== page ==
New England

Kids Helping Kids Through Tennis

James Maimonis, Communications and Engagement Coordinator  |  August 11, 2016

SUDBURY, MA- It doesn’t take much to get Sudbury, MA rising senior Will Tarini smiling. Tarini, 17, who will captain his Lincoln-Sudbury varsity tennis team next season, enjoys playing a variety of sports in his free time, but his true passion is helping people.

He is around people every day, teaching tennis at his local club in Sudbury, volunteering at churches and running his own tennis clinic during the summer in Dorchester.

In 2015, Tarini established the Boston chapter of Kids Serving Kids, a foundation that recycles used tennis racquets by donating them to children in need. He collects racquets year round and provides them for kids at his clinic who otherwise can’t afford them.

“I have a blast doing it, especially the clinics. Exposing these kids to the game and seeing the smile on their faces is truly awesome for me. ADVERTISEMENT As long as there is a smile on their face, it makes my day,” Tarini said.

Tarini founded the Kids Serving Kids Boston Chapter after speaking with a friend who introduced him to the Long Island, NY chapter he started. Soon after, he spoke with John Ollquist, from Holy Family Parish in Dorchester, and came up with a program to introduce young players to tennis through the church’s summer camp.

To support his efforts and help get the program underway, Tarini reached out to USTA New England. He was given an equipment grant that included dozens of racquets and balls.

“From the moment we heard about Will and his program, we knew this was something we wanted to get behind,” said Sarah Rice, USTA New England Manager of Community Development. “We’re always thrilled see a young person with so much motivation and desire to help grow and develop the game of tennis.”

“I can’t thank USTA New England enough. Using the orange balls in the program was great for the 7-9 year-olds and the new racquets were even better. Showing kids the new equipment and letting them see what they would be using was awesome and got them excited,” Tarini said.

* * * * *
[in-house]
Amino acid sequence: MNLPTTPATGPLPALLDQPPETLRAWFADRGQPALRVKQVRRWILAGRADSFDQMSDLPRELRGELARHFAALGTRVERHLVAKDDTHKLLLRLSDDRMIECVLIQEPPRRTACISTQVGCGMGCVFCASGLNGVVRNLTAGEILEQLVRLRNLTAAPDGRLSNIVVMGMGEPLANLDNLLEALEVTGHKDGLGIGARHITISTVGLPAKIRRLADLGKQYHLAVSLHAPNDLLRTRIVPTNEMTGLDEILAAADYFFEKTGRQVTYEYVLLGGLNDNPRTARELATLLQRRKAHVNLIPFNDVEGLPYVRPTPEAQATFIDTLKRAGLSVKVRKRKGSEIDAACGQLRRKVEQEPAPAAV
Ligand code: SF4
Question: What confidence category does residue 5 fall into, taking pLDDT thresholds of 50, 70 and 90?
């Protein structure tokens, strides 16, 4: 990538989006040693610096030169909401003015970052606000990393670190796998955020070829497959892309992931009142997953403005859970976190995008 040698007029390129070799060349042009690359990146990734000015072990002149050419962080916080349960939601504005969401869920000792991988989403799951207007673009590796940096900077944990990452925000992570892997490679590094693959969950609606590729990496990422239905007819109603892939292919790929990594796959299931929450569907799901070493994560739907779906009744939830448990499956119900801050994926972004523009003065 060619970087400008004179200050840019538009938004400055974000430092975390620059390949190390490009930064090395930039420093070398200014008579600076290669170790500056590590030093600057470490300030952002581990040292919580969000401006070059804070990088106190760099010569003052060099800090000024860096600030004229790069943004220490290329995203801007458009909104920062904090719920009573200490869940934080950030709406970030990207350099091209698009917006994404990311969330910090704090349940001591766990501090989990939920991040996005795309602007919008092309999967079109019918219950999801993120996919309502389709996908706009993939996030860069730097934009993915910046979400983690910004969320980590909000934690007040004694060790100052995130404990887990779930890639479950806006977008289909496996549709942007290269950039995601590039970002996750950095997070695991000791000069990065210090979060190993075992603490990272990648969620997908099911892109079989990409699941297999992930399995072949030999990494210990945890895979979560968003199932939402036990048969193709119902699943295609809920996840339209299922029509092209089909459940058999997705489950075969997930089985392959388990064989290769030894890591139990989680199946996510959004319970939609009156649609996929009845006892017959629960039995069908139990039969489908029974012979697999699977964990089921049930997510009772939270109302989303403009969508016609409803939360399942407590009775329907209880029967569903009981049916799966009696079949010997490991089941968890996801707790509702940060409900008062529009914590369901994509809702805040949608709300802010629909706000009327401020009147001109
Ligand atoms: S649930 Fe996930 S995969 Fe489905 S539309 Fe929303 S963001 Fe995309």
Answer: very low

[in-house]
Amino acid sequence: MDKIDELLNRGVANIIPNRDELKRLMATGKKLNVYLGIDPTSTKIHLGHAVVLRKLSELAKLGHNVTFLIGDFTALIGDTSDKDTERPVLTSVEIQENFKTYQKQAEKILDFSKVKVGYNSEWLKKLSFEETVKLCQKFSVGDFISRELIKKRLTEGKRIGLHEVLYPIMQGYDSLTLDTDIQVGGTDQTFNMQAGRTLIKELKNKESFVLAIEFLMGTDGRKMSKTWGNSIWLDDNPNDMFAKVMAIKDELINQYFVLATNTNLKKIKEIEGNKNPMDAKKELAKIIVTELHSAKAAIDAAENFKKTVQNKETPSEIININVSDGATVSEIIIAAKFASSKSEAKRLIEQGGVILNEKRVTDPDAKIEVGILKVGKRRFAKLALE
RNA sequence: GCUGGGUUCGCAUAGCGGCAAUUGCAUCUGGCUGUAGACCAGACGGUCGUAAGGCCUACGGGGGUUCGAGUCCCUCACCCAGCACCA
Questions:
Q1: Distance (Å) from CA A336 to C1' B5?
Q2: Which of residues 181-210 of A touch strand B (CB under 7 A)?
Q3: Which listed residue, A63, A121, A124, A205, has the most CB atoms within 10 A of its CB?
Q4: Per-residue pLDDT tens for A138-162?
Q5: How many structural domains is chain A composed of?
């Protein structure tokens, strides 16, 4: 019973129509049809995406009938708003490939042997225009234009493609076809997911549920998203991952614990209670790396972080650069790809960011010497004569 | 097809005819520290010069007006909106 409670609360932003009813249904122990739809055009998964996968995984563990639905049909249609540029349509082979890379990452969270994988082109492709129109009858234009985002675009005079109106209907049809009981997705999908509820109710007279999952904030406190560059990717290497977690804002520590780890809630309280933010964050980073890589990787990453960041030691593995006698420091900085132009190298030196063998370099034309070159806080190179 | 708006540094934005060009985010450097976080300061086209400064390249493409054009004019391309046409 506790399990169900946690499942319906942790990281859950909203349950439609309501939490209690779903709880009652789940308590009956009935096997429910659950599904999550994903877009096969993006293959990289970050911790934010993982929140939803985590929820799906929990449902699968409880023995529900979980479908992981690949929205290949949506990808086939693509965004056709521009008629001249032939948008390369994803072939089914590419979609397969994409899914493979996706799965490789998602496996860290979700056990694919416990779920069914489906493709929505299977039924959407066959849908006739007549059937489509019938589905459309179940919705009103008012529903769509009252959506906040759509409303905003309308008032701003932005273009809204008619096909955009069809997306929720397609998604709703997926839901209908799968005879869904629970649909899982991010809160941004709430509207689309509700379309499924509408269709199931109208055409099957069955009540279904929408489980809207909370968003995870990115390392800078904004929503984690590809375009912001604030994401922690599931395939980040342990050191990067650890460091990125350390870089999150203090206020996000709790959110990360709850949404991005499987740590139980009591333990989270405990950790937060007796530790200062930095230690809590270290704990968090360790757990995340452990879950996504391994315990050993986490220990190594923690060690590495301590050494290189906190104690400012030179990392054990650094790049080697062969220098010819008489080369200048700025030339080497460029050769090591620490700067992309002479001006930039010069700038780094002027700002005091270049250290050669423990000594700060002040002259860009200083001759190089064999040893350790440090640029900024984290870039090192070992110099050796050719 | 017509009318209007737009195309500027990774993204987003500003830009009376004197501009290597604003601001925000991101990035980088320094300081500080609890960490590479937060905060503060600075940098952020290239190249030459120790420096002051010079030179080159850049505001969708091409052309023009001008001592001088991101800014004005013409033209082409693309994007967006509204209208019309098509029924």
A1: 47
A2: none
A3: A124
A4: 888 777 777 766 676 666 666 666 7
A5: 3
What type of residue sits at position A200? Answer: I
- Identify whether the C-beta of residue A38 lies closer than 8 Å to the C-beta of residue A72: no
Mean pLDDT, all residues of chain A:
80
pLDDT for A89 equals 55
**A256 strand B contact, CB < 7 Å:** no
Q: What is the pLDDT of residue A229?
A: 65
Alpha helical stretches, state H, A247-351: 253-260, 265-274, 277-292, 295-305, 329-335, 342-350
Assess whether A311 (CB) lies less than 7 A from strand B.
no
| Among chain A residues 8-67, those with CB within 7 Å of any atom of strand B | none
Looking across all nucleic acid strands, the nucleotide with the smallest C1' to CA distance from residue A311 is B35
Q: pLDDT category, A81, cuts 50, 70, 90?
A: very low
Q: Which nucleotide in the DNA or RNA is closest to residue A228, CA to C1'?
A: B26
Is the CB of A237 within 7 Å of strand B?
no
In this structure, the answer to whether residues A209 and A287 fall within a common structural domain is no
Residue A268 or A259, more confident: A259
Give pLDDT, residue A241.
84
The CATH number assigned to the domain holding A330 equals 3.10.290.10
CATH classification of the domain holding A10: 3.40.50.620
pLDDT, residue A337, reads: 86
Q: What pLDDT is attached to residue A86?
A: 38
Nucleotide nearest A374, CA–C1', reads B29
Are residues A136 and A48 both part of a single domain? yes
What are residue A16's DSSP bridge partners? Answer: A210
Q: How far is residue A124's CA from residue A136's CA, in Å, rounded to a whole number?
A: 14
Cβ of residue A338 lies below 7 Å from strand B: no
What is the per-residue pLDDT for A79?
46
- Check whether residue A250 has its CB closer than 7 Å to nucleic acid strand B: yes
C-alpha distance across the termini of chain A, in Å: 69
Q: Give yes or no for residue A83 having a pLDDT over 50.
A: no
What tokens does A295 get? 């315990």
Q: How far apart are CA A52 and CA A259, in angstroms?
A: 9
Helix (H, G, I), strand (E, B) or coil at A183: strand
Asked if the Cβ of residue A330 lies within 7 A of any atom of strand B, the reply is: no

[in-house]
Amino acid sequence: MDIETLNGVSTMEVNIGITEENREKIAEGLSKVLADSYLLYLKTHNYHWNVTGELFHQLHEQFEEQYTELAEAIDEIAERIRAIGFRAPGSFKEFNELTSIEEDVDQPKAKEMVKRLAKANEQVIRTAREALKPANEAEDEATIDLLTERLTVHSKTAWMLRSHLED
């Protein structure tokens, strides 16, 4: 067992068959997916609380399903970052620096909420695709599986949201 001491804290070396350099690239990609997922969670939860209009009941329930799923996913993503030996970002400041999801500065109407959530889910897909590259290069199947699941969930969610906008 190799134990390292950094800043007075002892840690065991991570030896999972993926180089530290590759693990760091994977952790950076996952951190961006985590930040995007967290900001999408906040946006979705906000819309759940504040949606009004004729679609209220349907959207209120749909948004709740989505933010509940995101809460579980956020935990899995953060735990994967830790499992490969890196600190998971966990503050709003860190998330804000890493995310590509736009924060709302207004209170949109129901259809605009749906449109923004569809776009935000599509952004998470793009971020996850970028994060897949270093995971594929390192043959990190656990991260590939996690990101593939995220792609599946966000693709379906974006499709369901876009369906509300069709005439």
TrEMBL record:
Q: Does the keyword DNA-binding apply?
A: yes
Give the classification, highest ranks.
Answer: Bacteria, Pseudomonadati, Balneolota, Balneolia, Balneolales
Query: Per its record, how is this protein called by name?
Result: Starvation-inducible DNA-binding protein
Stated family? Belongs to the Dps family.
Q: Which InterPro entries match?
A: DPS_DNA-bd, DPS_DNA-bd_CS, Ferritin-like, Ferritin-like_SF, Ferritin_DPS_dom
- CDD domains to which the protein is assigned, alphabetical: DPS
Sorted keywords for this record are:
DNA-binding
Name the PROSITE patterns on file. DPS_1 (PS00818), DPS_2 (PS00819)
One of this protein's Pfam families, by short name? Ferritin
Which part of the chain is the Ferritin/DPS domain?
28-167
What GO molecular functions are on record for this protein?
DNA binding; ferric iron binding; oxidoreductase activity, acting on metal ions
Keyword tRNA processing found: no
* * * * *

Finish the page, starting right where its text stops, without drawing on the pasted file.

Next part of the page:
For a group of children that previously had little to no tennis exposure prior to this clinic, Tarini said the majority took a liking to the game almost immediately. In an effort to authenticate their experiences, he also got to know as many of them as he could on a personal level and learn about their backgrounds and upbringings.

“In the down time, you really form a bond with the kids and you hope you can be a good friend and mentor and someone they can look up to,” Tarini said. “Many of them wanted to come back during the fall and winter and wanted to know how else they could play, and I really wish I could do more for them.”

Tarini got to know one player particularly well throughout the clinic who faced a number of hardships growing up. Now eight years old, the child is staying positive and is a “always a fun kid on the court to be around.” Tarini said that one week the child asked him for a few racquets to take home in order to play tennis with his brothers. He gladly obliged.

“I’m hoping it can be coping factor, and it can relieve stress for him,” Tarini said. “He might be thinking about the past but then goes out and plays tennis with his brothers or friends and he might feel better.” I’m so happy he came and I had the opportunity to learn about him.”

Those are the stories that make what he does all worthwhile for Tarini. He loves tennis, but enjoys even more spreading the joy of the game and hoping it will make an impact.

He plans on continuing the program next summer, but then hopes to pass it down to a younger member of his varsity team when he goes off to college.


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